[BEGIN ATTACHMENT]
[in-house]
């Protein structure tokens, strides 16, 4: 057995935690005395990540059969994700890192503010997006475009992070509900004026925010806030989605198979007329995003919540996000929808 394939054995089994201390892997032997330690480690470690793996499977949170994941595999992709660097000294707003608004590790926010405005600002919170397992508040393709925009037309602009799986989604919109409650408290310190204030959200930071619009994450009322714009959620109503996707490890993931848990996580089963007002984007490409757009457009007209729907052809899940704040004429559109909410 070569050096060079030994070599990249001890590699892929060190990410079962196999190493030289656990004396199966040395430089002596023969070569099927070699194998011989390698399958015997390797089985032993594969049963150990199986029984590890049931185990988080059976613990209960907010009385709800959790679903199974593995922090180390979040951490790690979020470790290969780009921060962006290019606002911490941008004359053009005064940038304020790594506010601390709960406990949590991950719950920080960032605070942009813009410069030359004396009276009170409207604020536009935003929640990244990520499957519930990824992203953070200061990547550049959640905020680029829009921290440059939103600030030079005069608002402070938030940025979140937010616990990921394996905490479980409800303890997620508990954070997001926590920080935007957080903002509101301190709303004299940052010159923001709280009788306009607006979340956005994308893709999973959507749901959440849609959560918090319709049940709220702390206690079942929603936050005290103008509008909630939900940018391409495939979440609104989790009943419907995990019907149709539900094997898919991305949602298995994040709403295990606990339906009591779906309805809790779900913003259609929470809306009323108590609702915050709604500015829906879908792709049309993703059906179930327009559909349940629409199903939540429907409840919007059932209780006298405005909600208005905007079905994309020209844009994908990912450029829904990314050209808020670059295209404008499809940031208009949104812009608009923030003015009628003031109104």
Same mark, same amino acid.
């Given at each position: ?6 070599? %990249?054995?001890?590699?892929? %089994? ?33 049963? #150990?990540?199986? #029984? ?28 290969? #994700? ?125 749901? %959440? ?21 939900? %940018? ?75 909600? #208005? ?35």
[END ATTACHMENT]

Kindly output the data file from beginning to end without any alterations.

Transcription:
[in-house]
């Protein structure tokens, strides 16, 4: 057995935690005395990540059969994700890192503010997006475009992070509900004026925010806030989605198979007329995003919540996000929808 394939054995089994201390892997032997330690480690470690793996499977949170994941595999992709660097000294707003608004590790926010405005600002919170397992508040393709925009037309602009799986989604919109409650408290310190204030959200930071619009994450009322714009959620109503996707490890993931848990996580089963007002984007490409757009457009007209729907052809899940704040004429559109909410 070569050096060079030994070599990249001890590699892929060190990410079962196999190493030289656990004396199966040395430089002596023969070569099927070699194998011989390698399958015997390797089985032993594969049963150990199986029984590890049931185990988080059976613990209960907010009385709800959790679903199974593995922090180390979040951490790690979020470790290969780009921060962006290019606002911490941008004359053009005064940038304020790594506010601390709960406990949590991950719950920080960032605070942009813009410069030359004396009276009170409207604020536009935003929640990244990520499957519930990824992203953070200061990547550049959640905020680029829009921290440059939103600030030079005069608002402070938030940025979140937010616990990921394996905490479980409800303890997620508990954070997001926590920080935007957080903002509101301190709303004299940052010159923001709280009788306009607006979340956005994308893709999973959507749901959440849609959560918090319709049940709220702390206690079942929603936050005290103008509008909630939900940018391409495939979440609104989790009943419907995990019907149709539900094997898919991305949602298995994040709403295990606990339906009591779906309805809790779900913003259609929470809306009323108590609702915050709604500015829906879908792709049309993703059906179930327009559909349940629409199903939540429907409840919007059932209780006298405005909600208005905007079905994309020209844009994908990912450029829904990314050209808020670059295209404008499809940031208009949104812009608009923030003015009628003031109104």
Same mark, same amino acid.
């Given at each position: ?6 070599? %990249?054995?001890?590699?892929? %089994? ?33 049963? #150990?990540?199986? #029984? ?28 290969? #994700? ?125 749901? %959440? ?21 939900? %940018? ?75 909600? #208005? ?35």